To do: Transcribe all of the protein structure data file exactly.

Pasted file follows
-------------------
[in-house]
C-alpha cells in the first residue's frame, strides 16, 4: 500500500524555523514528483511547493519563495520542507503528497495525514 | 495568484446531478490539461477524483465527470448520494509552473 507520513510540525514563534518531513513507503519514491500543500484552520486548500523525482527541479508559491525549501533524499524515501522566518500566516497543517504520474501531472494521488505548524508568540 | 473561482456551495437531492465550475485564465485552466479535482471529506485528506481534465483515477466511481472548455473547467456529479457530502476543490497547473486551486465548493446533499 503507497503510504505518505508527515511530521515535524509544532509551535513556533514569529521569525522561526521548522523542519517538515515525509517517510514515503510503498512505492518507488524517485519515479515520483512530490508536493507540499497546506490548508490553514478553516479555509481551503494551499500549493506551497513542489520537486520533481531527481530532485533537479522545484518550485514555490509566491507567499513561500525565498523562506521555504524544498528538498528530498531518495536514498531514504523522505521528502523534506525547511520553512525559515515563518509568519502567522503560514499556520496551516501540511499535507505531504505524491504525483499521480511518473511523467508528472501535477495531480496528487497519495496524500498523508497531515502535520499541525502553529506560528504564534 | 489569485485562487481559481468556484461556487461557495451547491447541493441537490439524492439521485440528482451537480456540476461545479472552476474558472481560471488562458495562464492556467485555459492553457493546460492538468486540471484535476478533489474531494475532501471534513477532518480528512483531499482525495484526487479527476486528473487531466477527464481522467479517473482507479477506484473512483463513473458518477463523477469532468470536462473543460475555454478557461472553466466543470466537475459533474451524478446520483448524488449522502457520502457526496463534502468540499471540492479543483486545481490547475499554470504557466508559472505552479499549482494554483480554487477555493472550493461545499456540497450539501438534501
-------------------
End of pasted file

[in-house]
C-alpha cells in the first residue's frame, strides 16, 4: 500500500524555523514528483511547493519563495520542507503528497495525514 | 495568484446531478490539461477524483465527470448520494509552473 507520513510540525514563534518531513513507503519514491500543500484552520486548500523525482527541479508559491525549501533524499524515501522566518500566516497543517504520474501531472494521488505548524508568540 | 473561482456551495437531492465550475485564465485552466479535482471529506485528506481534465483515477466511481472548455473547467456529479457530502476543490497547473486551486465548493446533499 503507497503510504505518505508527515511530521515535524509544532509551535513556533514569529521569525522561526521548522523542519517538515515525509517517510514515503510503498512505492518507488524517485519515479515520483512530490508536493507540499497546506490548508490553514478553516479555509481551503494551499500549493506551497513542489520537486520533481531527481530532485533537479522545484518550485514555490509566491507567499513561500525565498523562506521555504524544498528538498528530498531518495536514498531514504523522505521528502523534506525547511520553512525559515515563518509568519502567522503560514499556520496551516501540511499535507505531504505524491504525483499521480511518473511523467508528472501535477495531480496528487497519495496524500498523508497531515502535520499541525502553529506560528504564534 | 489569485485562487481559481468556484461556487461557495451547491447541493441537490439524492439521485440528482451537480456540476461545479472552476474558472481560471488562458495562464492556467485555459492553457493546460492538468486540471484535476478533489474531494475532501471534513477532518480528512483531499482525495484526487479527476486528473487531466477527464481522467479517473482507479477506484473512483463513473458518477463523477469532468470536462473543460475555454478557461472553466466543470466537475459533474451524478446520483448524488449522502457520502457526496463534502468540499471540492479543483486545481490547475499554470504557466508559472505552479499549482494554483480554487477555493472550493461545499456540497450539501438534501